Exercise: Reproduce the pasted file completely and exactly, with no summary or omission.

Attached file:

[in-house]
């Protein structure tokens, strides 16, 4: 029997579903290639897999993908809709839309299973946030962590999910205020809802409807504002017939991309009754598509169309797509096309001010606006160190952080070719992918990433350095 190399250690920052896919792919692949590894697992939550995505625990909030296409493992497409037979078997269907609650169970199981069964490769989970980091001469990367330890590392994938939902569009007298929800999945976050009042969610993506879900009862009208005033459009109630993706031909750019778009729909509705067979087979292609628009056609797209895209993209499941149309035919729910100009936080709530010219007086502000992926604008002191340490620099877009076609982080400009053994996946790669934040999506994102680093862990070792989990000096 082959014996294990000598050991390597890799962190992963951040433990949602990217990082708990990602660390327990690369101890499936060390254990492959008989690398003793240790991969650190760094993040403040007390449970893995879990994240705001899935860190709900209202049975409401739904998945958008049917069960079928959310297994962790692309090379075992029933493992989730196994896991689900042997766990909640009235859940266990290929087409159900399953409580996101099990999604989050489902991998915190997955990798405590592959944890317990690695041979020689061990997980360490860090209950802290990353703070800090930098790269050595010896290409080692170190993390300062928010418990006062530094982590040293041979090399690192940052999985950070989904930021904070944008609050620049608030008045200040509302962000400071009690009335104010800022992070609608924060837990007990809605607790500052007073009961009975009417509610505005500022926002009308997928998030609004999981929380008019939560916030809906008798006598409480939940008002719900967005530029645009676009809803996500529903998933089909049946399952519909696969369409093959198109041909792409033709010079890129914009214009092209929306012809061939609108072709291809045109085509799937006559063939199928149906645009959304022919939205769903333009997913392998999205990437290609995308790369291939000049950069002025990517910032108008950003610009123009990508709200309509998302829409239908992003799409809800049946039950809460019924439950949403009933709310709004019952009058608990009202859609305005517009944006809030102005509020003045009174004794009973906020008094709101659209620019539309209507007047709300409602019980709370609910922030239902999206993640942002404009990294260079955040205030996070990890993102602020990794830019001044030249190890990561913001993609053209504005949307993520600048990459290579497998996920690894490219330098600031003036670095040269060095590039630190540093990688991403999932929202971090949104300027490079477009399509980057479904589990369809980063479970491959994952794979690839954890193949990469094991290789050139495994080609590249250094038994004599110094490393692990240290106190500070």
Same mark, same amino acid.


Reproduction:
[in-house]
């Protein structure tokens, strides 16, 4: 029997579903290639897999993908809709839309299973946030962590999910205020809802409807504002017939991309009754598509169309797509096309001010606006160190952080070719992918990433350095 190399250690920052896919792919692949590894697992939550995505625990909030296409493992497409037979078997269907609650169970199981069964490769989970980091001469990367330890590392994938939902569009007298929800999945976050009042969610993506879900009862009208005033459009109630993706031909750019778009729909509705067979087979292609628009056609797209895209993209499941149309035919729910100009936080709530010219007086502000992926604008002191340490620099877009076609982080400009053994996946790669934040999506994102680093862990070792989990000096 082959014996294990000598050991390597890799962190992963951040433990949602990217990082708990990602660390327990690369101890499936060390254990492959008989690398003793240790991969650190760094993040403040007390449970893995879990994240705001899935860190709900209202049975409401739904998945958008049917069960079928959310297994962790692309090379075992029933493992989730196994896991689900042997766990909640009235859940266990290929087409159900399953409580996101099990999604989050489902991998915190997955990798405590592959944890317990690695041979020689061990997980360490860090209950802290990353703070800090930098790269050595010896290409080692170190993390300062928010418990006062530094982590040293041979090399690192940052999985950070989904930021904070944008609050620049608030008045200040509302962000400071009690009335104010800022992070609608924060837990007990809605607790500052007073009961009975009417509610505005500022926002009308997928998030609004999981929380008019939560916030809906008798006598409480939940008002719900967005530029645009676009809803996500529903998933089909049946399952519909696969369409093959198109041909792409033709010079890129914009214009092209929306012809061939609108072709291809045109085509799937006559063939199928149906645009959304022919939205769903333009997913392998999205990437290609995308790369291939000049950069002025990517910032108008950003610009123009990508709200309509998302829409239908992003799409809800049946039950809460019924439950949403009933709310709004019952009058608990009202859609305005517009944006809030102005509020003045009174004794009973906020008094709101659209620019539309209507007047709300409602019980709370609910922030239902999206993640942002404009990294260079955040205030996070990890993102602020990794830019001044030249190890990561913001993609053209504005949307993520600048990459290579497998996920690894490219330098600031003036670095040269060095590039630190540093990688991403999932929202971090949104300027490079477009399509980057479904589990369809980063479970491959994952794979690839954890193949990469094991290789050139495994080609590249250094038994004599110094490393692990240290106190500070």
Same mark, same amino acid.